Tradition and technology combine in United Arab Emirates

Work has finally been completed on the groundbreaking Al Bahar double tower development in Abu Dhabi.

The most innovative features of these striking buildings are the responsive façades, which are not only beautiful and traditional in design but also help to cut energy usage. The towers, which are each 150 metres tall, will house offices that can accommodate more than 1,000 people. As well as their responsive screens, the buildings have roofs with photovoltaic panels that should be able to cover five percent of the development’s energy requirements.

Each responsive façade features around 2,000 opening and closing triangular panels arranged in a pattern that resembles a traditional Islamic lattice screen, known as a mashrabiya.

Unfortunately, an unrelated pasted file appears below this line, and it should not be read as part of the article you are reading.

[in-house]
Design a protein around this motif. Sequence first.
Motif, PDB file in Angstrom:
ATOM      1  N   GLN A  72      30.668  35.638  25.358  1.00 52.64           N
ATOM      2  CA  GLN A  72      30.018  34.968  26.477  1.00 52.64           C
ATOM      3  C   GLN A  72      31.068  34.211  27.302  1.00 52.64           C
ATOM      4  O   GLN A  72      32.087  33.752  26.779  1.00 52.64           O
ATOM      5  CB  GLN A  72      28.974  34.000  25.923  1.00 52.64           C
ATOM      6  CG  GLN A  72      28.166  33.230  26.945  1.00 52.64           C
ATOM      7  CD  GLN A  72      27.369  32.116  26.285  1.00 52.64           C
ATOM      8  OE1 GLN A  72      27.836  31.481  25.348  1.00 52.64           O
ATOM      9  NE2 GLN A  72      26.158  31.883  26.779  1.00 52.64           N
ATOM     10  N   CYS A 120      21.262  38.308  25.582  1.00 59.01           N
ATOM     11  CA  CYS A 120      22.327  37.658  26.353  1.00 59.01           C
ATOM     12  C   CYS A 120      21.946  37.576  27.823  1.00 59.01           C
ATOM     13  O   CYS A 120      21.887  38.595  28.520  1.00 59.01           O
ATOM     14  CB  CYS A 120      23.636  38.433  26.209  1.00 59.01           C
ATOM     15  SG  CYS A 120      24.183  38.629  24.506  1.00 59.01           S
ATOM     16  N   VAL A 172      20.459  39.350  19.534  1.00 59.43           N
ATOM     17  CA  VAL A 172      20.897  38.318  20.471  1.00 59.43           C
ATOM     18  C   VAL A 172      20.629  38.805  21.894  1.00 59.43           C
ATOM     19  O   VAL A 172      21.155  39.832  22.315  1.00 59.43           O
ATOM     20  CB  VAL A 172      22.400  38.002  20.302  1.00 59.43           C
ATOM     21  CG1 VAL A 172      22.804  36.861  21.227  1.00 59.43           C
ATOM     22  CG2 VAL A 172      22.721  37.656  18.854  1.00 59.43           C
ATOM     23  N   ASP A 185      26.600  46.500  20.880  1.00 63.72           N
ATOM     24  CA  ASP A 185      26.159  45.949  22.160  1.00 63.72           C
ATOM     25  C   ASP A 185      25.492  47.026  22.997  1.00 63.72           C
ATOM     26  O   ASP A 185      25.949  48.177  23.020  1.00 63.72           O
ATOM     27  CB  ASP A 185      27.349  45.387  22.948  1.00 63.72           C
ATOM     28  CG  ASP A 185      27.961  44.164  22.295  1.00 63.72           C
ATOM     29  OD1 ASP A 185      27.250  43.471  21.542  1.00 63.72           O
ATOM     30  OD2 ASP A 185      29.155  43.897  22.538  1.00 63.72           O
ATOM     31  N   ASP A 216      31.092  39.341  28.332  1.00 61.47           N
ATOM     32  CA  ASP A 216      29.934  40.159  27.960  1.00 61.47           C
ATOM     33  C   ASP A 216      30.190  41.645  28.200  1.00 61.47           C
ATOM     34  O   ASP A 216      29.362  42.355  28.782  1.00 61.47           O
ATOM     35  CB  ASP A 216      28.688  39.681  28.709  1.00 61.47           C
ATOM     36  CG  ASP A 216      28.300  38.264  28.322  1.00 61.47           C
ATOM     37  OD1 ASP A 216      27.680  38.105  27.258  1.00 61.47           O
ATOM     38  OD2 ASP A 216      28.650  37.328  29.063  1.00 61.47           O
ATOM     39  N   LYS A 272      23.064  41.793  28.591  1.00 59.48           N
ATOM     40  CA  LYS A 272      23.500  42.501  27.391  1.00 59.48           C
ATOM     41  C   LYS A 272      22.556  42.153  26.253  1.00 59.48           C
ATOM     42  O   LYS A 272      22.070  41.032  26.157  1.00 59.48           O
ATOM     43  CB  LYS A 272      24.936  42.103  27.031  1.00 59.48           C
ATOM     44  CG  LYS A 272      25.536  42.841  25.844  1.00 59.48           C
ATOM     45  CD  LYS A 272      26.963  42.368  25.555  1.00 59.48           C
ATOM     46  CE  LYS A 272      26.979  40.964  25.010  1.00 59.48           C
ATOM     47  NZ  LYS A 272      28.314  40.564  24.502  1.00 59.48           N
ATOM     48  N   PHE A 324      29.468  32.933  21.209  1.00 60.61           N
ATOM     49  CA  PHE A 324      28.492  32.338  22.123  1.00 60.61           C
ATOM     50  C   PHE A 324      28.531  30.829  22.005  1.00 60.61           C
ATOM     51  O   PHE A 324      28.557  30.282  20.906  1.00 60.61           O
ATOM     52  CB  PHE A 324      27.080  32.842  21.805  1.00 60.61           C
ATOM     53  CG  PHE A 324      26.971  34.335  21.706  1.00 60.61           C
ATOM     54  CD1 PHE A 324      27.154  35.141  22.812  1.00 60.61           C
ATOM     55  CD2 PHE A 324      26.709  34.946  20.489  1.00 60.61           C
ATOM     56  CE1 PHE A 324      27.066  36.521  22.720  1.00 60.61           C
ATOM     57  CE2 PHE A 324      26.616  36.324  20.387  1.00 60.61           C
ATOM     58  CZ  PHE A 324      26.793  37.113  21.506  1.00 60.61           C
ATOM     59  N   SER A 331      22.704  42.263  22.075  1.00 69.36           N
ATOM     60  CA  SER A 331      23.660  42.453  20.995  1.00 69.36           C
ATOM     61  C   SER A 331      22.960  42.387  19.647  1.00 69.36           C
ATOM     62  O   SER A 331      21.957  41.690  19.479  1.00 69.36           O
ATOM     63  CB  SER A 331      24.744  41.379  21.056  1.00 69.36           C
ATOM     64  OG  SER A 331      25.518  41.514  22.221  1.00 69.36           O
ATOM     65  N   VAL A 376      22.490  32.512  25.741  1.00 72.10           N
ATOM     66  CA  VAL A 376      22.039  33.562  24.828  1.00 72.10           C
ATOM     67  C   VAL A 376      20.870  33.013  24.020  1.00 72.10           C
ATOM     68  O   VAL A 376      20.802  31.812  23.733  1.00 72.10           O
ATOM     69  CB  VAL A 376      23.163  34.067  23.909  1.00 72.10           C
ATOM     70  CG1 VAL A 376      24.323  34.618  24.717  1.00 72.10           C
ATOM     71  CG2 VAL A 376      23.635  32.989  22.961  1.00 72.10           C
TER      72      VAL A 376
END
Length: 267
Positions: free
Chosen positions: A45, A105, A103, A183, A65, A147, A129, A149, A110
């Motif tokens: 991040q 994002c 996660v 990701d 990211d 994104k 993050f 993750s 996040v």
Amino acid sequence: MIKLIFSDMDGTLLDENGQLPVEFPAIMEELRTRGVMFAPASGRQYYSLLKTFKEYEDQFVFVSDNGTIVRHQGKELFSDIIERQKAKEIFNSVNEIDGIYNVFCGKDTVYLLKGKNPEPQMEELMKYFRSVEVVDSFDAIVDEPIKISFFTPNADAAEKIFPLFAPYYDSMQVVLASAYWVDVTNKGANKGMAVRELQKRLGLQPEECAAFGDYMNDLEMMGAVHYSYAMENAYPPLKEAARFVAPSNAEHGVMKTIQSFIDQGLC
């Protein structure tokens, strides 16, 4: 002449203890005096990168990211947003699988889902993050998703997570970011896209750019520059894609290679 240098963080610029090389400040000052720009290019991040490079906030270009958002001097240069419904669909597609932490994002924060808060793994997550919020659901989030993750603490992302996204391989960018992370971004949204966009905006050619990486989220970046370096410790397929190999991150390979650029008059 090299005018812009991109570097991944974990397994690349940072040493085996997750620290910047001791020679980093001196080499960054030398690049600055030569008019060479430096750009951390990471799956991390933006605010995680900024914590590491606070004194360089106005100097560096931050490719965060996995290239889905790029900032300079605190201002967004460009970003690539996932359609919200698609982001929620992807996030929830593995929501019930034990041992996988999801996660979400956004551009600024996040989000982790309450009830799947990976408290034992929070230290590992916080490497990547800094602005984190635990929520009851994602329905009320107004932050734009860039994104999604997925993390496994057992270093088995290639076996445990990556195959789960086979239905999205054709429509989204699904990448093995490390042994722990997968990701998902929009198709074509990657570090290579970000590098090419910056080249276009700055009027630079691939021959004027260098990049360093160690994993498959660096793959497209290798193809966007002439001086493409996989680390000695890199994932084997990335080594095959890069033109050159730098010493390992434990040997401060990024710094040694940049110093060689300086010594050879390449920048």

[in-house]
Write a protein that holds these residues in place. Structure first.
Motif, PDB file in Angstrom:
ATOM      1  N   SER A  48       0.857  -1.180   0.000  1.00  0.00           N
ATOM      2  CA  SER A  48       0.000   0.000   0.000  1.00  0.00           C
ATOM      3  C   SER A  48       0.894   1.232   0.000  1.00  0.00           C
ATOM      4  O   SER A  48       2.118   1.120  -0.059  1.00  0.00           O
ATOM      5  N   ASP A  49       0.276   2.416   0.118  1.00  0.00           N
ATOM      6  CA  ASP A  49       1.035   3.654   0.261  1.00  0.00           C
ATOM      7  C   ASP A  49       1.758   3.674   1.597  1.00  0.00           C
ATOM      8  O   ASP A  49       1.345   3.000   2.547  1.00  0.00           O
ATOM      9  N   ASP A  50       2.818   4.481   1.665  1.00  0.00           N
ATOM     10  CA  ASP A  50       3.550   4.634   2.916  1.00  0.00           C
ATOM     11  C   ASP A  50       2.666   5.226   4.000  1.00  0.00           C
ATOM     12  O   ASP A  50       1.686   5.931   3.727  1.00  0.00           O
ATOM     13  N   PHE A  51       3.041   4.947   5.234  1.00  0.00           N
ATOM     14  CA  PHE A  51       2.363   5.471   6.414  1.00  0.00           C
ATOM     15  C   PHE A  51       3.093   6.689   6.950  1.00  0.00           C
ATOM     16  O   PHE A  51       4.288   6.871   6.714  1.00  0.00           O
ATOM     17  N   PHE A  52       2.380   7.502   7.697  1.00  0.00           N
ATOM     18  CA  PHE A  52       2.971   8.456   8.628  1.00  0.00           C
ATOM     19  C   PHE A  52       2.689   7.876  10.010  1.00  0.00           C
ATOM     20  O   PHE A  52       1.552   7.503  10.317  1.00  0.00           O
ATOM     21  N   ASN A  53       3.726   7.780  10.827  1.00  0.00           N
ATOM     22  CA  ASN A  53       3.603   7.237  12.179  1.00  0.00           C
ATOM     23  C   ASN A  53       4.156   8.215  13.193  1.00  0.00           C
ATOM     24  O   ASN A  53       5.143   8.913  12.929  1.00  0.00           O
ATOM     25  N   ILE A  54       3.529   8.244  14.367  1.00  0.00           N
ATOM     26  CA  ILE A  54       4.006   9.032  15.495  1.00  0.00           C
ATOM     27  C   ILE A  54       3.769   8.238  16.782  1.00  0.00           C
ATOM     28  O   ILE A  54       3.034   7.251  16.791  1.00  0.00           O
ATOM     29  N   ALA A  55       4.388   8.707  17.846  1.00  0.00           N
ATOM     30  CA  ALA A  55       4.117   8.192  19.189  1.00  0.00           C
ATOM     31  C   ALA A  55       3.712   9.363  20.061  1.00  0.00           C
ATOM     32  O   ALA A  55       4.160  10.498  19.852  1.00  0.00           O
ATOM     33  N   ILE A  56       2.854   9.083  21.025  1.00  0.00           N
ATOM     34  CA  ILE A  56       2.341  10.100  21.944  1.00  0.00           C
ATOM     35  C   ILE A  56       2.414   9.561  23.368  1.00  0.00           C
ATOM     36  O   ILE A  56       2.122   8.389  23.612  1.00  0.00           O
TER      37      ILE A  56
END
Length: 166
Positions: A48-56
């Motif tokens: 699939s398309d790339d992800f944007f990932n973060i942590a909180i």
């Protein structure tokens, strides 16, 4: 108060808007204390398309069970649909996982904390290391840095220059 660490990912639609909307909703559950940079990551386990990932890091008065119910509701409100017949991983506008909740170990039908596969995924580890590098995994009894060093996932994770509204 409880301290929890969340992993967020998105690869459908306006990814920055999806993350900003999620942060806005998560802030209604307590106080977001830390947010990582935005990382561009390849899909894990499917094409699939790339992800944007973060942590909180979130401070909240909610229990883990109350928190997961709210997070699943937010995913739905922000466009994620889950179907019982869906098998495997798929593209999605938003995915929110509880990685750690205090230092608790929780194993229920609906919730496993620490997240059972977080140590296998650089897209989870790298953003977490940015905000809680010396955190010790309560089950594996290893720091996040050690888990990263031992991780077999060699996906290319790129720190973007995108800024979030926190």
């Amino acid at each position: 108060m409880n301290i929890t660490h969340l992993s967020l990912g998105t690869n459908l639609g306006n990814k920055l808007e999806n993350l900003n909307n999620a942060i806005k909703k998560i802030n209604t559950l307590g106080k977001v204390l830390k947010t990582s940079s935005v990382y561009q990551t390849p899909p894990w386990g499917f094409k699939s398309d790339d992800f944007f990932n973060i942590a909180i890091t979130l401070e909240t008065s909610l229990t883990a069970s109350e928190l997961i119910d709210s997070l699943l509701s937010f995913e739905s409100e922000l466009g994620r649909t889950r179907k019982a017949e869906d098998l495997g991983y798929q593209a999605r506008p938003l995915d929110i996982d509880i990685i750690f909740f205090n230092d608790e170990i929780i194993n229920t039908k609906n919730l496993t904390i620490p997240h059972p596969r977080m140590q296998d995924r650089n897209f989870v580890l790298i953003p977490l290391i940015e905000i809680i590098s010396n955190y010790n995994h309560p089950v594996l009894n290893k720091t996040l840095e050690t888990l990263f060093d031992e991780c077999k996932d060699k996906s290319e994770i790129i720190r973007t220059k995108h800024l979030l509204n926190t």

As the sun moves around the towers subtle changes to the lattice pattern are seen as the triangular pieces separate and come back together. Shielding the parts of the exterior that are in full view of the sun will help to reduce glare and decrease the amount of air-conditioning needed inside the towers. It also removes the need for heavily-tinted glass windows, which would filter out light all day every day, regardless of need.

It is thought that the design of the towers will help to lower the buildings’ energy consumption by 50 percent, while also reducing solar gain, which heats the space inside buildings, by 80 percent.

Although building projects in North Wales are not likely to face the same problems, it may be possible to come up with designs that are equally sustainable. This could be achieved by contacting a reputable architect in North Wales.

Posted by Adam Lloyd
December 4, 2013
New Buildings

1 Comment »

  1. Mashrabiya is a great tradition in the Arab architecture, which has become part of the interior design. Creating real estate projects in the East, we use this design element to emphasize the color and make interiors and exteriors more expressive.

    Comment by Martin Scot — June 24, 2016 @ 11:08 am

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